After dinner, Justin showed the boys a short video about Mexico. They were interested in hearing the people of Mexico speak Spanish. They also learned about the climate and geography of Mexico. We read a little of the book, M is for Mexico, by Amy Weber (also from Afterward, Jonah recited the Pledge of Allegiance in Spanish, which he learned in school last year.

Then the boys glued their stamps into their passports, stating they have "officially" visited Mexico on our world tour. Stay tuned for next week: Ghana, in honor of Carson's soccer team this fall! :)

One more note: Thanks to my wonderful neighbor, Leah Prasse, the names and pictures of the ingredients for our salsa are laminated so I can use them for other lessons. Maybe ABC order or a grocery store scavenger hunt? Do you have some ideas?I'd love for you to share!

Monday, September 5, 2011

Muffins and Math

Carson and I made muffins the other day. We had so much fun cooking together, and besides having yummy, healthy muffins to enjoy, we had a few great math lessons along the way. It just sort of happened that way. I am not even sure Carson knew he was learning some new stuff! Isn't that the way it's supposed to be?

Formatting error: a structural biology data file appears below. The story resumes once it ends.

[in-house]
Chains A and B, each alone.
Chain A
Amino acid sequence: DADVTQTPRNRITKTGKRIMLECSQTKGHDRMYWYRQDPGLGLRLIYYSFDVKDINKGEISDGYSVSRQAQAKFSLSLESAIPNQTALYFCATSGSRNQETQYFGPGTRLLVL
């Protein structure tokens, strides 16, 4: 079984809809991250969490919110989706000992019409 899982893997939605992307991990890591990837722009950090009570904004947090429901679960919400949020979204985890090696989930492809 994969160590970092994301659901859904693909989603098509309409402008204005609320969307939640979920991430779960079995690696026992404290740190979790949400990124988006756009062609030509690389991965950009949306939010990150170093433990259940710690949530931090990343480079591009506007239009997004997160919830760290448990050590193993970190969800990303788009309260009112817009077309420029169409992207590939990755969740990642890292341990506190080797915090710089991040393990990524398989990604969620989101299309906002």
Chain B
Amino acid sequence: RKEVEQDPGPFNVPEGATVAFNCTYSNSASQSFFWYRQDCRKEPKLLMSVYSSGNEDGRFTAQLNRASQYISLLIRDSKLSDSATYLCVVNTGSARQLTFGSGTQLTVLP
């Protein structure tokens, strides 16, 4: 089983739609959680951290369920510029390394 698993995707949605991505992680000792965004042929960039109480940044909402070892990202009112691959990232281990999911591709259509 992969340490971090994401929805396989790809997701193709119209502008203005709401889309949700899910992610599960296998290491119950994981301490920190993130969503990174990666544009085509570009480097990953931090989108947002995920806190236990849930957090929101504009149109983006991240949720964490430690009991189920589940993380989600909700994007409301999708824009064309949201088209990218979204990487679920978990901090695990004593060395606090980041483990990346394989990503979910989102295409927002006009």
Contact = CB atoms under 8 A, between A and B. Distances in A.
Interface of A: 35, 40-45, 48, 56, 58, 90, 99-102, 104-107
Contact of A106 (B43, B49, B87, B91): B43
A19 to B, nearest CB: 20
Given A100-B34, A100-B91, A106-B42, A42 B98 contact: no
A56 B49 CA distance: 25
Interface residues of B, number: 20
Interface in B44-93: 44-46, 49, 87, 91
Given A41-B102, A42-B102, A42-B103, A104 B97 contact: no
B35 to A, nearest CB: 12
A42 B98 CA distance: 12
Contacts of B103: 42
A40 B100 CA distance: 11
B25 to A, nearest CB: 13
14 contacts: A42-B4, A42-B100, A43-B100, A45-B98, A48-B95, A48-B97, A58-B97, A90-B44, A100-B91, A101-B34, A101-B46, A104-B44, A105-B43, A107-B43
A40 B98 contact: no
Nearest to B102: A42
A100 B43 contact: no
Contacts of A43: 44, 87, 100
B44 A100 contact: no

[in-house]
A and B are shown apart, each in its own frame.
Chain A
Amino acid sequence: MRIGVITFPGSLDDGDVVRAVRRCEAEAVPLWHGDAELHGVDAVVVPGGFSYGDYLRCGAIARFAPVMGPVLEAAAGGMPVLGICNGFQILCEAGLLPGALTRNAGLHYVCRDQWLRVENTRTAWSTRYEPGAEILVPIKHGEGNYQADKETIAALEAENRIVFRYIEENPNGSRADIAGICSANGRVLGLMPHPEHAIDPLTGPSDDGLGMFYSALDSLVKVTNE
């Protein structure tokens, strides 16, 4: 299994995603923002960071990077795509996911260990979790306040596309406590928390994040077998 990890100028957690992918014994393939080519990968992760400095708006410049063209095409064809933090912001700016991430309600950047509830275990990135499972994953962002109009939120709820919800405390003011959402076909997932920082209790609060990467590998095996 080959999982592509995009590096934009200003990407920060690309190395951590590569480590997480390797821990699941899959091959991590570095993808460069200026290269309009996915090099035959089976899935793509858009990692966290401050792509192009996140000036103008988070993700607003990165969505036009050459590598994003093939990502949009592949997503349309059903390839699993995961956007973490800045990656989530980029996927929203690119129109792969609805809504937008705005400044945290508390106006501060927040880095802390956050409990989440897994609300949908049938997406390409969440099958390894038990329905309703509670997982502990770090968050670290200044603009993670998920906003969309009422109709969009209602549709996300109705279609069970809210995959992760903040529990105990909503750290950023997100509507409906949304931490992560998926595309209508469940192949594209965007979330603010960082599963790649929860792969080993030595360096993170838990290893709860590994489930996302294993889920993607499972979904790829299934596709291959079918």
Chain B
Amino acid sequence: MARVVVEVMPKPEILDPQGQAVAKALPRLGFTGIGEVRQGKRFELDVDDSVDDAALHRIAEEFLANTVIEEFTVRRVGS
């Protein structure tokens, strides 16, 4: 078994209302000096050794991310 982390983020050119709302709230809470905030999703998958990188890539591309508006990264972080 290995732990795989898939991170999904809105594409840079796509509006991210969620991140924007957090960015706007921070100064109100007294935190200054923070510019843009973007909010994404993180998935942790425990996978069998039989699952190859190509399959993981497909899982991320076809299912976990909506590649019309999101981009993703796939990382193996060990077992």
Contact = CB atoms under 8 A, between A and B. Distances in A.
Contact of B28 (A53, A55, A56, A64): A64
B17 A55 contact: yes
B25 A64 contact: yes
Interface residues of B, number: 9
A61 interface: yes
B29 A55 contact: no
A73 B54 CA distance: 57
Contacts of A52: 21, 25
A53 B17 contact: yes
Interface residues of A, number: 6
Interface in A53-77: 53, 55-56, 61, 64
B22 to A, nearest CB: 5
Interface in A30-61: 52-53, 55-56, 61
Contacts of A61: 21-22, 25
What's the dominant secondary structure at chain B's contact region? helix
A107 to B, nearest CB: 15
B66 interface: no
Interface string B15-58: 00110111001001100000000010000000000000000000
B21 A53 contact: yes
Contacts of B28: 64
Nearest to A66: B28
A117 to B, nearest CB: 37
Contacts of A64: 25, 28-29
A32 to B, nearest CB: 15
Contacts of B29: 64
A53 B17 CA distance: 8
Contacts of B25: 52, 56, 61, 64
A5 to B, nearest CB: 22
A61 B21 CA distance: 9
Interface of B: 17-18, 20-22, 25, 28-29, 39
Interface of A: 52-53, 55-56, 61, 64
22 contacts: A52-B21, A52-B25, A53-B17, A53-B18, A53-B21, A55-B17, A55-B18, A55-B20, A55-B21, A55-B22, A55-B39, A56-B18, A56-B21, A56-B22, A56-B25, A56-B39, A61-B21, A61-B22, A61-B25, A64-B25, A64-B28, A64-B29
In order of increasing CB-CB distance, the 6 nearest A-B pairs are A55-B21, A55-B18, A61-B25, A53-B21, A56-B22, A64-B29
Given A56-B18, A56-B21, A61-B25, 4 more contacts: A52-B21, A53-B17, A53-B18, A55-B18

So, we started with the ingredients. As we added them, nutmeg, cinnamon, cloves, Carson smelled them--he is a very sensory oriented kid--and measured them. We talked about how big a tablespoon is compared to a teaspoon, and a half a cup compared to a whole cup. Carson did the measuring, the counting, and the mixing. We decided to make some mini muffins and some regular sized muffins. When it was time to pour the muffin mixture into the muffin pans, we estimated how many muffins each muffin pan would make. Then we counted how many muffins each pan would make, and since we had three pans, how many muffins we would make all together. We got ready to put the muffins in the oven and discussed why the regular sized muffins would take more time to cook than the mini muffins.